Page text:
- The Washington Times - Sunday, October 27, 2002

The Bush administration announced Thursday that the federal deficit totaled $159 billion for fiscal 2002, which ended Sept. 30. Predictably, congressional Democrats and their allies expressed anguish. Typically, as well, they missed the bigger picture.
In the first place, a deficit of $159 billion represents a relatively paltry 1.5 percent of $10.5 trillion in gross domestic output (GDP), which is the measure of the nation's total economic output.
Secondly, it should hardly be surprising that the budget would move into deficit during four quarters (October 2001-September 2002) of below-potential growth that followed three quarters (January 2001-September 2001) of falling GDP. Given that the Clinton-Gore administration bequeathed its successor a negative growth rate that began even before President Bush took the oath of office, it is strange for House Minority Leader Dick Gephardt to assert that "Republican economic policies have failed to promote economic growth." In fact, it is well-nigh impossible to find any respected economist who would not agree that the fortuitous timing of the Bush administration's countercyclical tax-relief program last year was virtually unprecedented in the annals of postwar economic policy.
Third, the $159 billion deficit wasn't even the most important number released Thursday. Arithmetically, of course, the deficit merely represents the difference between federal spending and federal tax receipts. The more ominous development was the fact that federal spending for the first time in history exceeded $2 trillion, coming in at $2.012 trillion for fiscal 2002.
In fact, federal spending has been exploding since 1999. During the four years from 1995 to 1999, annual federal spending increases averaged $46 billion, ranging from $40 billion in 1997 to $52 billion in 1998. Revenues, however, were rising much faster. Annual federal revenue increases during the same period averaged $119 billion, sparked largely by the capital-gains tax receipts generated by the Clinton-Gore stock-market bubble.
With revenues pouring into Washington, the pols did what they do best: They opened the spending spigots. In 2000, federal spending increased by $86 billion. The next year, it rose by another $76 billion. In fiscal 2002, when federal outlays exceeded $2 trillion, spending was an astonishing $148 billion higher than the previous year. The increase in total federal spending for 2003 is expected to approach $150 billion once again. That will mean that federal spending will have increased by nearly $500 billion in four years alone, or two-and-a-half times the rate of increase during the previous four years.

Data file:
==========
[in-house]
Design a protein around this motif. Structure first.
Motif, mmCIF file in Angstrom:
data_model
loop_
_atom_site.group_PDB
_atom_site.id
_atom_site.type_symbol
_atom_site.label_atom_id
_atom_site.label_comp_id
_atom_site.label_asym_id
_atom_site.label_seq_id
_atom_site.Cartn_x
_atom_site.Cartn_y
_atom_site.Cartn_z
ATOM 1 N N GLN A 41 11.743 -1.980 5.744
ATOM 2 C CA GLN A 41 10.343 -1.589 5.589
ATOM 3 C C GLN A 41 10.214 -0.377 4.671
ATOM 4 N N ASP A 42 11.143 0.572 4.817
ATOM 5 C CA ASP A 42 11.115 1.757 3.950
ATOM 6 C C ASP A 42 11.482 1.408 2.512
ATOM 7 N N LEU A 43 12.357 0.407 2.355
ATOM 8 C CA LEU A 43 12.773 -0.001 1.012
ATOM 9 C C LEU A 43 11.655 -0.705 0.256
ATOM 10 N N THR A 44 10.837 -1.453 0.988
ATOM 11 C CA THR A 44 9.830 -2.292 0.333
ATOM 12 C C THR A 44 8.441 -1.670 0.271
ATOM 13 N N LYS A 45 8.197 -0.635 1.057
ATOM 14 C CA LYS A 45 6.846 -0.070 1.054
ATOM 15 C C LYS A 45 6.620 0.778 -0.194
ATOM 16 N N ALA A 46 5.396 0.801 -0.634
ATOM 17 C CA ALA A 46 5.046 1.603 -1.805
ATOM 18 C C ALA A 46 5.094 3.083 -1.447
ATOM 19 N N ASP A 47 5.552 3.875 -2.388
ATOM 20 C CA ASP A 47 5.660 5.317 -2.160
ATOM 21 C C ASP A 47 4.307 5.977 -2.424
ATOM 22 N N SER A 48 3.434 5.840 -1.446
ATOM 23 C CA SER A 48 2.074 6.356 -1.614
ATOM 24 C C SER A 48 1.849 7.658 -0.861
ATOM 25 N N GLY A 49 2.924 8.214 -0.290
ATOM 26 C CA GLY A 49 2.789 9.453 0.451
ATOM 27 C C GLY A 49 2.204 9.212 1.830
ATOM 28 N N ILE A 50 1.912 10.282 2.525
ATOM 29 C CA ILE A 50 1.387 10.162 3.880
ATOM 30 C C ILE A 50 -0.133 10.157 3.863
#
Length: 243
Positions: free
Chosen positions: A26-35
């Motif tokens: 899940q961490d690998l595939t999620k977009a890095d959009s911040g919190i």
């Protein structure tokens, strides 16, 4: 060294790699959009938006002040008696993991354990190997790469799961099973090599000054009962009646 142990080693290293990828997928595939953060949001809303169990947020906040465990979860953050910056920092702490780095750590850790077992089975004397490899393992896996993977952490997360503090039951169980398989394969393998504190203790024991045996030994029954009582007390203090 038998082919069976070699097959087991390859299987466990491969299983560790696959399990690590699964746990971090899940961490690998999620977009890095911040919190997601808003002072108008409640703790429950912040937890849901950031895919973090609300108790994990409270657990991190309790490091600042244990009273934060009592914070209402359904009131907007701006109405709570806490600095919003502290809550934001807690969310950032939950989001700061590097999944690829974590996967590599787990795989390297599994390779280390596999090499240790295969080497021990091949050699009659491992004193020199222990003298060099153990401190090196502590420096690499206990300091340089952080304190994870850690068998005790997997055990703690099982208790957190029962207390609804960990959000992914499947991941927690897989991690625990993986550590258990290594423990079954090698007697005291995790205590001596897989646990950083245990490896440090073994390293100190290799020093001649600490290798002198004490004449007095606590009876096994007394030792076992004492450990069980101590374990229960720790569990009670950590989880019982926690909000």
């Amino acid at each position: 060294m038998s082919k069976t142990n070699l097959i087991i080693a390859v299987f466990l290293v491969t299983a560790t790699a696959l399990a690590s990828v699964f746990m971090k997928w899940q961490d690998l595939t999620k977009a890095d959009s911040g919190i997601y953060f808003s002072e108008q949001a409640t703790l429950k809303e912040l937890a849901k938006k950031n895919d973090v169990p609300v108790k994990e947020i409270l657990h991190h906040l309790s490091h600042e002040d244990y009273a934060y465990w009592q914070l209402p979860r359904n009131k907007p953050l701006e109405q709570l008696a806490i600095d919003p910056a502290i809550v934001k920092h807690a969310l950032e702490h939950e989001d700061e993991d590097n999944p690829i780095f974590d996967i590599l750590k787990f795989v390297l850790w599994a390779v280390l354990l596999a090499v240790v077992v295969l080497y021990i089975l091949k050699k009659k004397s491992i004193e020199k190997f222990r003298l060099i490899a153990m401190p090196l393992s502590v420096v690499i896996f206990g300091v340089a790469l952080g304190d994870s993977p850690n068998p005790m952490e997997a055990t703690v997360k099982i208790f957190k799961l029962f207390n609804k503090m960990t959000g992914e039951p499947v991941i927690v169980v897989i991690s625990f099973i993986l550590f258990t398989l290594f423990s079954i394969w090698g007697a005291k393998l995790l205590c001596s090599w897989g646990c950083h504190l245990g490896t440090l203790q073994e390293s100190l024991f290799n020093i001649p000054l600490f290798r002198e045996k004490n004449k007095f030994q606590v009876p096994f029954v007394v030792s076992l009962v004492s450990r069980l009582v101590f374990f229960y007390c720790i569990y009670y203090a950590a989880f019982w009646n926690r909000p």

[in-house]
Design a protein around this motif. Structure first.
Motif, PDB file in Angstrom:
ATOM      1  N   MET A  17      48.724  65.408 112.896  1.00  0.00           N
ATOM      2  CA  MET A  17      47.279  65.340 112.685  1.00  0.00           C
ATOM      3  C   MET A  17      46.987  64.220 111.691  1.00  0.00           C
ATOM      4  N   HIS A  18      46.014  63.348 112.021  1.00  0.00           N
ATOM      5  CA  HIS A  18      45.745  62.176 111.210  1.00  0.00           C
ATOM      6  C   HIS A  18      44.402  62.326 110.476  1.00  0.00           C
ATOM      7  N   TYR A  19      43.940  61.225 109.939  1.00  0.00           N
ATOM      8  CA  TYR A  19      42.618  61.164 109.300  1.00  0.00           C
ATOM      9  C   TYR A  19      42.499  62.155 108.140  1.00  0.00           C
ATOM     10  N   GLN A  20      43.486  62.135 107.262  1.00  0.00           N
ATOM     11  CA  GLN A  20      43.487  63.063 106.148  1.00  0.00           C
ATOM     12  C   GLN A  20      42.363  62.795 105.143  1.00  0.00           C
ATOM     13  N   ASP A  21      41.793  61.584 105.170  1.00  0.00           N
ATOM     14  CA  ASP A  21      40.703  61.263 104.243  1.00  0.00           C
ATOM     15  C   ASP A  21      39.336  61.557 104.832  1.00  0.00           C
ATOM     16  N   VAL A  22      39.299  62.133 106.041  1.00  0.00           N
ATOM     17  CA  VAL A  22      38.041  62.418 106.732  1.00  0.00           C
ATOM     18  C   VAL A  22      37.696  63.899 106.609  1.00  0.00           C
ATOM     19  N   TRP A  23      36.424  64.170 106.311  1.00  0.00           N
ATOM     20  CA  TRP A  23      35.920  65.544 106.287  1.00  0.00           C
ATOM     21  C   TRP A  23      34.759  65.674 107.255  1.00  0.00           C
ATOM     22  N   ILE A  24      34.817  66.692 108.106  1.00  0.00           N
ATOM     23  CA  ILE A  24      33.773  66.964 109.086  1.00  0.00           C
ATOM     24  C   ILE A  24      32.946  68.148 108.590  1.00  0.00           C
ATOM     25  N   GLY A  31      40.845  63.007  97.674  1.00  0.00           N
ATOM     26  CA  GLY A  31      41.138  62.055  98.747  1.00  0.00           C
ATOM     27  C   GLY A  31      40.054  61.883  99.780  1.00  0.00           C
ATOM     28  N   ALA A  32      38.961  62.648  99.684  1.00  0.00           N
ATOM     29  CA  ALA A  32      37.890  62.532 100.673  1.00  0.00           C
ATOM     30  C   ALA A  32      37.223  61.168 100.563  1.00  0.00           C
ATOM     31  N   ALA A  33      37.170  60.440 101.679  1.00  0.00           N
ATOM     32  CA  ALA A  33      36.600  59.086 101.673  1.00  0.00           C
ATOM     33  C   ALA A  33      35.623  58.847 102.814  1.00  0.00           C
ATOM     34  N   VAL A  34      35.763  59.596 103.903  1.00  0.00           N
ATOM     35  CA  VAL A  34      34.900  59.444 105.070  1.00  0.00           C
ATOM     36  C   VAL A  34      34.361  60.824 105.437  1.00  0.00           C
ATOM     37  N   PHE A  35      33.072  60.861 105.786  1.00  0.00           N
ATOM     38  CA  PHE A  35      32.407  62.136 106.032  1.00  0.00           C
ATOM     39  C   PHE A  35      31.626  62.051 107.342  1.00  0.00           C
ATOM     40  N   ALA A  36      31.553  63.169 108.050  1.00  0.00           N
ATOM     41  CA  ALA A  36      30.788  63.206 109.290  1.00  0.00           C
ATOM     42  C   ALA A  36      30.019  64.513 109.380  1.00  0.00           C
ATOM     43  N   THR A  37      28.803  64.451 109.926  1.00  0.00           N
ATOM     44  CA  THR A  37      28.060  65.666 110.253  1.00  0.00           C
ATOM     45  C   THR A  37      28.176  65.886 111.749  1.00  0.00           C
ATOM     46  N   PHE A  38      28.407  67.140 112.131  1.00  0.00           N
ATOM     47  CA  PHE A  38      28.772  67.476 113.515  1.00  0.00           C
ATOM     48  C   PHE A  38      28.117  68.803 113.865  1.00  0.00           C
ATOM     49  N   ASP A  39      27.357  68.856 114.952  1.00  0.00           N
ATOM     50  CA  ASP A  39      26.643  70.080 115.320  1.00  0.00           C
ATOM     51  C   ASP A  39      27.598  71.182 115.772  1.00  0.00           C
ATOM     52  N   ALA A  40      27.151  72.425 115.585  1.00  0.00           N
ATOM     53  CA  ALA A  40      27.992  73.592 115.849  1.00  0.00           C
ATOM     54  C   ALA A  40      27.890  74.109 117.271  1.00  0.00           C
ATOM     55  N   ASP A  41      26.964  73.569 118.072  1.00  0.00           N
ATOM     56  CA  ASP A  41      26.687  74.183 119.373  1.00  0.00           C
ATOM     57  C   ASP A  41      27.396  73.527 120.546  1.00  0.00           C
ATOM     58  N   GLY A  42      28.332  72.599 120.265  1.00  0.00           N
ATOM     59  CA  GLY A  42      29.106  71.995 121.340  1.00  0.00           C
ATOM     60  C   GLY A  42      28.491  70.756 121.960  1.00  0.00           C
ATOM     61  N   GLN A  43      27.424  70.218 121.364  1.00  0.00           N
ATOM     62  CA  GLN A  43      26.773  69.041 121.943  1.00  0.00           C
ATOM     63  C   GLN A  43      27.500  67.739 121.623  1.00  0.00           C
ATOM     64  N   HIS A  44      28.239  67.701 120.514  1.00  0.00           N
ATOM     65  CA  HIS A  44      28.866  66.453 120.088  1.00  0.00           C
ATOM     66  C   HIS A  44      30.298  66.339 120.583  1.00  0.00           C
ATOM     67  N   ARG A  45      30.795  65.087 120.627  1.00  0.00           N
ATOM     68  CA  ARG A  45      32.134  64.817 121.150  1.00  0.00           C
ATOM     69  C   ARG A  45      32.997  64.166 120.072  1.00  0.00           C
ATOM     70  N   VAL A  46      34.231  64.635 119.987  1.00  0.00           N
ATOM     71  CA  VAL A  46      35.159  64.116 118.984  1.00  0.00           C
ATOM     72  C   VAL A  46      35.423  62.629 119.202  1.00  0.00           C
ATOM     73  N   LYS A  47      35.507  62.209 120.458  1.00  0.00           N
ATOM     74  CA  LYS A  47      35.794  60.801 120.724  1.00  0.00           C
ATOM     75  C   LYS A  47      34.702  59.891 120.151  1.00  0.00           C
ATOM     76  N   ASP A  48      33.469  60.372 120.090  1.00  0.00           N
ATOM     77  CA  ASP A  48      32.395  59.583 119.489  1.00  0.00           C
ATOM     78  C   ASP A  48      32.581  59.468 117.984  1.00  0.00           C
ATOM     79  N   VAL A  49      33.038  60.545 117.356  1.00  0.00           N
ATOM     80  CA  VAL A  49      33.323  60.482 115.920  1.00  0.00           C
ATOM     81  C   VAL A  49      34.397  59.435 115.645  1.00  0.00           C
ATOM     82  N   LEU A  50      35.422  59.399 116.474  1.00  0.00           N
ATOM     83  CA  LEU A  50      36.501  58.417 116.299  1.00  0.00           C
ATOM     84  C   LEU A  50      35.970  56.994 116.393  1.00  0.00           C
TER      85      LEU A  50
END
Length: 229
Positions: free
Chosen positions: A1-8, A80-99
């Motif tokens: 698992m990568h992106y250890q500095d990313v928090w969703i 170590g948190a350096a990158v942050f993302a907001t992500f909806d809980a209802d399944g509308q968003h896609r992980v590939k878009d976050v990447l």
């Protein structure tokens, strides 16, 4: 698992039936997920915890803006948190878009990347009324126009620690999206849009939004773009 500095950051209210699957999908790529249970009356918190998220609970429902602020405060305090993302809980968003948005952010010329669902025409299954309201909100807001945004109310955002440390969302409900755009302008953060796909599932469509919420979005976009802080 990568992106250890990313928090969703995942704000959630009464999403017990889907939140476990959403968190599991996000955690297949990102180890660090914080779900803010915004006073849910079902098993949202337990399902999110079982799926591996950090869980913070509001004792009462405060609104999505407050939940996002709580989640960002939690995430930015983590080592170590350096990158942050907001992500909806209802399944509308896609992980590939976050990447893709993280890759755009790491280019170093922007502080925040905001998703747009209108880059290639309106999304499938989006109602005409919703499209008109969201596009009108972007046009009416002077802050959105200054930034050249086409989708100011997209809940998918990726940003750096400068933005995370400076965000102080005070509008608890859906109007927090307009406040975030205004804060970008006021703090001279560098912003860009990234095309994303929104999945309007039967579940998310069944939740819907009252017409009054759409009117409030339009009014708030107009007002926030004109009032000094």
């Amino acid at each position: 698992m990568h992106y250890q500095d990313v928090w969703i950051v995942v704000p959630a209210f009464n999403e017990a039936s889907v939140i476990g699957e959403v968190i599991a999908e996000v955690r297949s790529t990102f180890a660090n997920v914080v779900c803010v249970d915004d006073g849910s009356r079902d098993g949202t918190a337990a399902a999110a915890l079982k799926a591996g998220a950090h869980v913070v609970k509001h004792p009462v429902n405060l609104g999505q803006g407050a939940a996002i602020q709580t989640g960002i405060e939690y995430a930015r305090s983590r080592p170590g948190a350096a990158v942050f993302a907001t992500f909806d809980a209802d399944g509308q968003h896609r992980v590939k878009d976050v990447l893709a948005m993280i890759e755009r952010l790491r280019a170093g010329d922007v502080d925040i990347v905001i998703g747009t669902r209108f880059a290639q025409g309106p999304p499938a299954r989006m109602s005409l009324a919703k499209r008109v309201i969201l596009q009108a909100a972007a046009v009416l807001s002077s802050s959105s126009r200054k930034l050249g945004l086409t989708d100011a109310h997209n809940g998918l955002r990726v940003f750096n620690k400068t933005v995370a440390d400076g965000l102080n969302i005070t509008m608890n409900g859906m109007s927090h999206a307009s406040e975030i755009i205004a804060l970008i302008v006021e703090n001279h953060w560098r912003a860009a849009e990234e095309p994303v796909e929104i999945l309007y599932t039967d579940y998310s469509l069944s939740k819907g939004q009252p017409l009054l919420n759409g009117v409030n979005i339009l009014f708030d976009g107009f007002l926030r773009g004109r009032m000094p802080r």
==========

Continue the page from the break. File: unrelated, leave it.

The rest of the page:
Stephen Moore, president of the Club for Growth, put these recent spending increases in stark perspective in a recent essay in National Review, observing, "Just the one-year increase in Uncle Sam, Inc., will be more than twice the amount of capital raised in a typical year by the entire venture-capital industry." Mr. Moore also noted that the projected increase in federal spending for 2003 does not yet account for a prescription-drug benefit for the elderly that will eventually be enacted, costing a minimum of $30 billion per year and amost certainly much more.
For all the anguish Mr. Gephardt expressed over the return of budget deficits, his reflexive response has been to propose a massive increase in federal spending. Telling us in a recent speech that he wished to "lay out some fresh ideas," Mr. Gephardt proceeded to outline a typical Democratic spending spree that would pour $25 billion of federal funds into local school construction, another $25 billion for state infrastructure projects and an additional $75 billion for health care, exclusive of any spending for prescription drugs. That's $125 billion more for one year. And it is on top of the expected $150 billion increase in the works for 2003. He also proposed allocating the bulk of $75 billion in "tax cuts" to those who pay no income taxes. In other words, he seeks to increase welfare-style spending by the government, not reduce taxes.
If Mr. Gephardt and his party have it their way, the $148 billion increase in federal spending for fiscal 2002 will seem like small change in future years. And so, too, will the $159 billion deficit.

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